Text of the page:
A church for disciples (John 1:29–42)

So often the call to discipleship slides into becoming a call to church membership.
January 13, 2017

To receive these posts by e-mail each Monday, sign up.

For more commentary on this week's readings, see the Reflections on the Lectionary page. For full-text access to all articles, subscribe to the Century.

Near my seminary is Broadway United Methodist Church, which for years has practiced a form of neighborhood "name, bless, and connect" ministry that seeks to discern how God's spirit is moving in the community around it. Building on the philosophy of asset-based community development--along with a robust pneumatology--the members and leaders of Broadway are, in my view, gradually redefining what it means to be a church for the community.

So often the call to discipleship, when it is framed in evangelistic terms, slides into becoming a call to church membership--a consolidation of discipleship into a visible church. But what if the call to discipleship, to "come and see," is first and foremost a call that comes from the church to the church? A call that asks the church to retain its sense of joyful anticipation--even after Advent!--for the surprises that God has yet to reveal?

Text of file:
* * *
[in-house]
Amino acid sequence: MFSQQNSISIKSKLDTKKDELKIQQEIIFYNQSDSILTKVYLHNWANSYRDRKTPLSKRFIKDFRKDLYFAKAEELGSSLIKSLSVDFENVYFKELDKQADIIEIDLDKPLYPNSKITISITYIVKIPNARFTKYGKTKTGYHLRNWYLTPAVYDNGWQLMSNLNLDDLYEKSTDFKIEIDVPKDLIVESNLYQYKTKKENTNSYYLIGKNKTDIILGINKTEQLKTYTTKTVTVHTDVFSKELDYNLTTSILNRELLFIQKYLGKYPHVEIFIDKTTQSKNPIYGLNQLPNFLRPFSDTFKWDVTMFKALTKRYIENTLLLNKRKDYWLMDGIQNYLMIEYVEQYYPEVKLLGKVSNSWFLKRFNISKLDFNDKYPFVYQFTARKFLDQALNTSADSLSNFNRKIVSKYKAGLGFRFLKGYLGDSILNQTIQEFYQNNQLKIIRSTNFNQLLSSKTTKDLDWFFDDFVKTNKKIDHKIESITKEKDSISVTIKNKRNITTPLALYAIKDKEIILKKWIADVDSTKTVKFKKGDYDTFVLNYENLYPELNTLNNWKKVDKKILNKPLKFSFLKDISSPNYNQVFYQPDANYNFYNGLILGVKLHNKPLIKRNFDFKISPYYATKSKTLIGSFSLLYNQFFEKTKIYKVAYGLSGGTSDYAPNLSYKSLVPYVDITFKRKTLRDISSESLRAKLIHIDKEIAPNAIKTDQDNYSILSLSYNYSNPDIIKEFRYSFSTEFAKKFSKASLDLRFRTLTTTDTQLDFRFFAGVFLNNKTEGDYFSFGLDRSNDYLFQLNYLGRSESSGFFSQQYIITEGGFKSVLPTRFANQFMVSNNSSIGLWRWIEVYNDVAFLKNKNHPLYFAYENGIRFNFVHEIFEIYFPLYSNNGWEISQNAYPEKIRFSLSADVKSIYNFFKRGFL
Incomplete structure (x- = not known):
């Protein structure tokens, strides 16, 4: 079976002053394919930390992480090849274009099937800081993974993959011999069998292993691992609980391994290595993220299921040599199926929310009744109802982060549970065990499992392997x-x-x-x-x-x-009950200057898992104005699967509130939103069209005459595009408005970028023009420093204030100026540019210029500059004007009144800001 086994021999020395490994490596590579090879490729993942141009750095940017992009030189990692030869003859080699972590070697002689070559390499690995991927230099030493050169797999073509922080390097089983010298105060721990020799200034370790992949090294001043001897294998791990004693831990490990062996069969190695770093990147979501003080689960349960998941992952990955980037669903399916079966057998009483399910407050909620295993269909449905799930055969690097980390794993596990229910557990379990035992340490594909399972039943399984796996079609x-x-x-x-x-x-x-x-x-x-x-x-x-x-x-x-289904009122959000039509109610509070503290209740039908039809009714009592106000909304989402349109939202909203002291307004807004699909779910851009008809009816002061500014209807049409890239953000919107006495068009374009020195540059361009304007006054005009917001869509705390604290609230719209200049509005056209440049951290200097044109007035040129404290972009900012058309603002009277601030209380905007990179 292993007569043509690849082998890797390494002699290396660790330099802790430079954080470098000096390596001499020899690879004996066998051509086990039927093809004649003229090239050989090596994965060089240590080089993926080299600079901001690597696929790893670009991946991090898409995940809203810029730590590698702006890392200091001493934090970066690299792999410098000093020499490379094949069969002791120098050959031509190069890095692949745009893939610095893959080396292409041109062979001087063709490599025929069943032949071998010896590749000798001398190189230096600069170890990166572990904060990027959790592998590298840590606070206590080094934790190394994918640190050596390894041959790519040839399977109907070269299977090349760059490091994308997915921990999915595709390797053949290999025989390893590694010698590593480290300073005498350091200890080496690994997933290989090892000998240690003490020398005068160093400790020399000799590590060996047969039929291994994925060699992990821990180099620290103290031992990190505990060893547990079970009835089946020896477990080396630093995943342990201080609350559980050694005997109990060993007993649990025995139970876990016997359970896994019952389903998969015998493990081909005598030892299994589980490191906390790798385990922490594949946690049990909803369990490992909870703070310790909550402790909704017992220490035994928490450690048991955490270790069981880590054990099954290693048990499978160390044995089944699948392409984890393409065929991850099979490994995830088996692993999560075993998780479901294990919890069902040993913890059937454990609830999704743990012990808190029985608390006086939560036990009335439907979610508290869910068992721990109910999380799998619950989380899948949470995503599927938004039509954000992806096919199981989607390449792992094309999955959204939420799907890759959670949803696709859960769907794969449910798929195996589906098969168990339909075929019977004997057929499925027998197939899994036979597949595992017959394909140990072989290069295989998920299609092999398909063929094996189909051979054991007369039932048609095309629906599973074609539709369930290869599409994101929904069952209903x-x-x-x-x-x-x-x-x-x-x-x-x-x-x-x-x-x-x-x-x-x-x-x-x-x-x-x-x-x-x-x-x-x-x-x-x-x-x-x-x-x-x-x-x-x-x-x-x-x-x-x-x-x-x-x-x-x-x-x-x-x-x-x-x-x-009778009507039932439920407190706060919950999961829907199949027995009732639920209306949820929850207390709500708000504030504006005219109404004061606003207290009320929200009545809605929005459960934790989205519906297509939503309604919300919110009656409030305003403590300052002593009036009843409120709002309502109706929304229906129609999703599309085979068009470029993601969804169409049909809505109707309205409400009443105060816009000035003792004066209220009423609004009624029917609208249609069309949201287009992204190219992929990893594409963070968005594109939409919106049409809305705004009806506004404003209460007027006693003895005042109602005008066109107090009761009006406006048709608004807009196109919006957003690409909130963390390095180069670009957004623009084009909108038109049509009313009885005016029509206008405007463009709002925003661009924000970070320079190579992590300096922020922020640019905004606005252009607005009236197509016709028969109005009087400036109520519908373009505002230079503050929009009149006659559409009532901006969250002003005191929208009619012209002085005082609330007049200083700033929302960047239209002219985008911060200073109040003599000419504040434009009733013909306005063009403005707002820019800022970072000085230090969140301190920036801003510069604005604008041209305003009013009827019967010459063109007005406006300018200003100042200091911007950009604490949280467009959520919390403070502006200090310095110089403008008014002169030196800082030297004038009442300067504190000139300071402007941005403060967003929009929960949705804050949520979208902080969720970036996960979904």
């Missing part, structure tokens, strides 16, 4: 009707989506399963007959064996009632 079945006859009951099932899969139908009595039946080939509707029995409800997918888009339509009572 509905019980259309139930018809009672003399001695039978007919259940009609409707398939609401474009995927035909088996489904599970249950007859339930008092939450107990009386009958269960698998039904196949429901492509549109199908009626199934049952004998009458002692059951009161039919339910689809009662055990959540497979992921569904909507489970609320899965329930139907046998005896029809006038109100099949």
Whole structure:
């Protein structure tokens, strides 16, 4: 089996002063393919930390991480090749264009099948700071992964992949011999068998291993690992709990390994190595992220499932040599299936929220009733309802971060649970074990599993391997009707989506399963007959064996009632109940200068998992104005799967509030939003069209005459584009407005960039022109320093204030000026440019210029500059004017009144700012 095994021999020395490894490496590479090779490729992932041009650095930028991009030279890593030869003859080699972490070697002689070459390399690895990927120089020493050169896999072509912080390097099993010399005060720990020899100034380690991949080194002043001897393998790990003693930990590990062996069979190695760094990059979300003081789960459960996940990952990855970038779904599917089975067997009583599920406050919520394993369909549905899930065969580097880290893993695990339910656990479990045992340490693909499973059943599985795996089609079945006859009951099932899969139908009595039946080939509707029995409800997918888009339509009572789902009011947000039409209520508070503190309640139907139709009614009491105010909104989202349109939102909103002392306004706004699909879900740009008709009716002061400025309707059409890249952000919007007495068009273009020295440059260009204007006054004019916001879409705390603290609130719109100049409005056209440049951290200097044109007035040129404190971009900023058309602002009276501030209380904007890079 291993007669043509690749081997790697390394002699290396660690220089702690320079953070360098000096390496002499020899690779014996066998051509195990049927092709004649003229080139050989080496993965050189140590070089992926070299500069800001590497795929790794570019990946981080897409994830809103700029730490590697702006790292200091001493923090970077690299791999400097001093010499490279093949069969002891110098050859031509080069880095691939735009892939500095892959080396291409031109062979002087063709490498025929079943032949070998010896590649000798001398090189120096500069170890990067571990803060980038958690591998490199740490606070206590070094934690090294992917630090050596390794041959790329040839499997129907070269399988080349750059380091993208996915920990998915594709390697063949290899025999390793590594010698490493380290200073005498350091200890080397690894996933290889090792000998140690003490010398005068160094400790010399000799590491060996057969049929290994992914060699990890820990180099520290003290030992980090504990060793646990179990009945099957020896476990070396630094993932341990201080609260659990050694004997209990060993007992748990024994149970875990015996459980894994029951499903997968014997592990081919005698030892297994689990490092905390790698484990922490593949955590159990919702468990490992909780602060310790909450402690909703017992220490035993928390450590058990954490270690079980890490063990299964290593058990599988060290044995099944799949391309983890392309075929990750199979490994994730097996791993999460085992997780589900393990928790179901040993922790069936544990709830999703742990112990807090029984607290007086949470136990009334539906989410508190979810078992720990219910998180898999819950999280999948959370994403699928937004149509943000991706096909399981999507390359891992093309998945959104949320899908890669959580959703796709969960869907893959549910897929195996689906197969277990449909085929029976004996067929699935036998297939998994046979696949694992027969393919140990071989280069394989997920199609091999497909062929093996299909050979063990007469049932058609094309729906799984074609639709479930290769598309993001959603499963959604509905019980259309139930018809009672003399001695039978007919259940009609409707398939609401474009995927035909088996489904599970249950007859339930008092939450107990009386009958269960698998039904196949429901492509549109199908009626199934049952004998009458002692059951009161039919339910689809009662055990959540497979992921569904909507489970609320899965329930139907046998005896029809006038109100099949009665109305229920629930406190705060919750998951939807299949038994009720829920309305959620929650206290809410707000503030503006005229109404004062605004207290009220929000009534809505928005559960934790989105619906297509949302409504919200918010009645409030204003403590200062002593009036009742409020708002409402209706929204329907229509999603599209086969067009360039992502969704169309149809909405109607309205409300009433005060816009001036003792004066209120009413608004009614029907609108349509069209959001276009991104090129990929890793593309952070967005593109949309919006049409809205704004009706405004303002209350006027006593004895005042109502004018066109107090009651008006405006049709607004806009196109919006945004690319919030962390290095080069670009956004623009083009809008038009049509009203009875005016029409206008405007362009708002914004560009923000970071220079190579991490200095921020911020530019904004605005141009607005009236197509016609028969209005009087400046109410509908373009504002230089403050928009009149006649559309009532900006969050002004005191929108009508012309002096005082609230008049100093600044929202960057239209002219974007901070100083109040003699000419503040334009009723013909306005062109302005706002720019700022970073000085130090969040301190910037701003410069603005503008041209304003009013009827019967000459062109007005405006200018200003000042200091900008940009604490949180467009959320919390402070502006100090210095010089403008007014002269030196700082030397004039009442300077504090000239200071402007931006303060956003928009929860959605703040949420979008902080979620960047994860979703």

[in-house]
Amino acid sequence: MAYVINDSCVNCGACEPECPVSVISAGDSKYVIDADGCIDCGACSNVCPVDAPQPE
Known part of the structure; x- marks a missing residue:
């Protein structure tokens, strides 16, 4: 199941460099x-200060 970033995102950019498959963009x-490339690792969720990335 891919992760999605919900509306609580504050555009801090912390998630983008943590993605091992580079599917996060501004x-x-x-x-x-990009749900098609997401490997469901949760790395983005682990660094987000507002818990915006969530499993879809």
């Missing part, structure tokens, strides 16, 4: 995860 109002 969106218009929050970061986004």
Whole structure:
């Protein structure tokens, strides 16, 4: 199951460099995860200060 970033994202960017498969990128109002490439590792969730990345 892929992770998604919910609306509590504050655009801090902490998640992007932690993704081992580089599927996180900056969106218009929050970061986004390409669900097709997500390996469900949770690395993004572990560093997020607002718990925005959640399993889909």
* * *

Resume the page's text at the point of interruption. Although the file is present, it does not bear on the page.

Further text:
Consider the following anecdote from Broadway:

For 30 years, Broadway had tutored neighborhood kids after school. And for 30 years, the neighborhood dropout rate kept climbing higher. So Broadway stopped tutoring.

For decades, the church had been feeding people out of its pantry. But local health officials were telling Mather that the No. 1 health problem facing the neighborhood wasn't starvation.

It was obesity -- often leading to diabetes.

To Mather, it made no sense to hand out carbs in a box and peaches in cans of heavy syrup to people who were overweight.

"We're not only not helping," he concluded. "We're actively making people sicker."

Instead of handing out food, Mather hopes to help people find long-lasting solutions to problems such as hunger. He likes to tell the story of Adele, who came to the food pantry for supplies for her family and ended up, a year and a half later, using her gifts as a cook to open her own restaurant.

One of the most striking things about Broadway's move toward a more external sense of God's presence in the world is how thoroughly the old expectations about the church's role needed to be rewired. The call to the church's members was to actively de-center the church's agency in favor of a more anticipatory approach: what might be found in the community? The move is away from the church as protagonist and toward the church as the one exercising the power to name and bless what the Spirit is doing, and to foster connections.

What do you think of this method of "name, bless, and connect" as practiced by churches? What are its possibilities within your context?